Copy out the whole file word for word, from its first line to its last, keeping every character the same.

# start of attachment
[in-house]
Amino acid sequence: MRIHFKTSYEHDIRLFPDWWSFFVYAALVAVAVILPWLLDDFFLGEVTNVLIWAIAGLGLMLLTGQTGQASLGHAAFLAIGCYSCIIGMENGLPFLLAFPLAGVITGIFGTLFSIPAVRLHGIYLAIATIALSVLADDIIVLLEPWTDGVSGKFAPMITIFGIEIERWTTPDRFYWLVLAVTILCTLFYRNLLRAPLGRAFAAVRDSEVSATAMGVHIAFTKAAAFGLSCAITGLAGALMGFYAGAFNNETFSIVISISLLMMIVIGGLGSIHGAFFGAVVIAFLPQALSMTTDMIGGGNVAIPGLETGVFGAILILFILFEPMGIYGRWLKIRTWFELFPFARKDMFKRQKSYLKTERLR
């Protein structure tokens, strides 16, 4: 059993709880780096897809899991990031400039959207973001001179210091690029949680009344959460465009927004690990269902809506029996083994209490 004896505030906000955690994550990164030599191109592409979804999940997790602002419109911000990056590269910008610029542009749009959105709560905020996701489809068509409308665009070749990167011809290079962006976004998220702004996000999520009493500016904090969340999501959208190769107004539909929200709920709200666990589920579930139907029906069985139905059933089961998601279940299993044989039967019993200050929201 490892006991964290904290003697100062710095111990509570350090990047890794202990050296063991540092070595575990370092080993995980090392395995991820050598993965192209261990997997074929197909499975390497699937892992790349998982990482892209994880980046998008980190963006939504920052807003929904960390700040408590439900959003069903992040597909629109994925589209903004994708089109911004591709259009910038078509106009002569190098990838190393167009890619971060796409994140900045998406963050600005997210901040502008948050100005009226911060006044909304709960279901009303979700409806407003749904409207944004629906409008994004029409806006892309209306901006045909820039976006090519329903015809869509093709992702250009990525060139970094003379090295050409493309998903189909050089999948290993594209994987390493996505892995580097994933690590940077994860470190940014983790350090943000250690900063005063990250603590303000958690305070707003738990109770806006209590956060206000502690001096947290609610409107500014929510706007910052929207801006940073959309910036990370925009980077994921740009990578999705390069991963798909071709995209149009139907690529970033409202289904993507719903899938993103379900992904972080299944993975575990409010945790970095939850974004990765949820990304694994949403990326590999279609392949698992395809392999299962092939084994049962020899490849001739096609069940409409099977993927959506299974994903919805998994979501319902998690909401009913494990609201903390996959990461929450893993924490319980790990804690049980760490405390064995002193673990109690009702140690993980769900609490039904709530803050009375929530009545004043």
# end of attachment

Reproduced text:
[in-house]
Amino acid sequence: MRIHFKTSYEHDIRLFPDWWSFFVYAALVAVAVILPWLLDDFFLGEVTNVLIWAIAGLGLMLLTGQTGQASLGHAAFLAIGCYSCIIGMENGLPFLLAFPLAGVITGIFGTLFSIPAVRLHGIYLAIATIALSVLADDIIVLLEPWTDGVSGKFAPMITIFGIEIERWTTPDRFYWLVLAVTILCTLFYRNLLRAPLGRAFAAVRDSEVSATAMGVHIAFTKAAAFGLSCAITGLAGALMGFYAGAFNNETFSIVISISLLMMIVIGGLGSIHGAFFGAVVIAFLPQALSMTTDMIGGGNVAIPGLETGVFGAILILFILFEPMGIYGRWLKIRTWFELFPFARKDMFKRQKSYLKTERLR
């Protein structure tokens, strides 16, 4: 059993709880780096897809899991990031400039959207973001001179210091690029949680009344959460465009927004690990269902809506029996083994209490 004896505030906000955690994550990164030599191109592409979804999940997790602002419109911000990056590269910008610029542009749009959105709560905020996701489809068509409308665009070749990167011809290079962006976004998220702004996000999520009493500016904090969340999501959208190769107004539909929200709920709200666990589920579930139907029906069985139905059933089961998601279940299993044989039967019993200050929201 490892006991964290904290003697100062710095111990509570350090990047890794202990050296063991540092070595575990370092080993995980090392395995991820050598993965192209261990997997074929197909499975390497699937892992790349998982990482892209994880980046998008980190963006939504920052807003929904960390700040408590439900959003069903992040597909629109994925589209903004994708089109911004591709259009910038078509106009002569190098990838190393167009890619971060796409994140900045998406963050600005997210901040502008948050100005009226911060006044909304709960279901009303979700409806407003749904409207944004629906409008994004029409806006892309209306901006045909820039976006090519329903015809869509093709992702250009990525060139970094003379090295050409493309998903189909050089999948290993594209994987390493996505892995580097994933690590940077994860470190940014983790350090943000250690900063005063990250603590303000958690305070707003738990109770806006209590956060206000502690001096947290609610409107500014929510706007910052929207801006940073959309910036990370925009980077994921740009990578999705390069991963798909071709995209149009139907690529970033409202289904993507719903899938993103379900992904972080299944993975575990409010945790970095939850974004990765949820990304694994949403990326590999279609392949698992395809392999299962092939084994049962020899490849001739096609069940409409099977993927959506299974994903919805998994979501319902998690909401009913494990609201903390996959990461929450893993924490319980790990804690049980760490405390064995002193673990109690009702140690993980769900609490039904709530803050009375929530009545004043």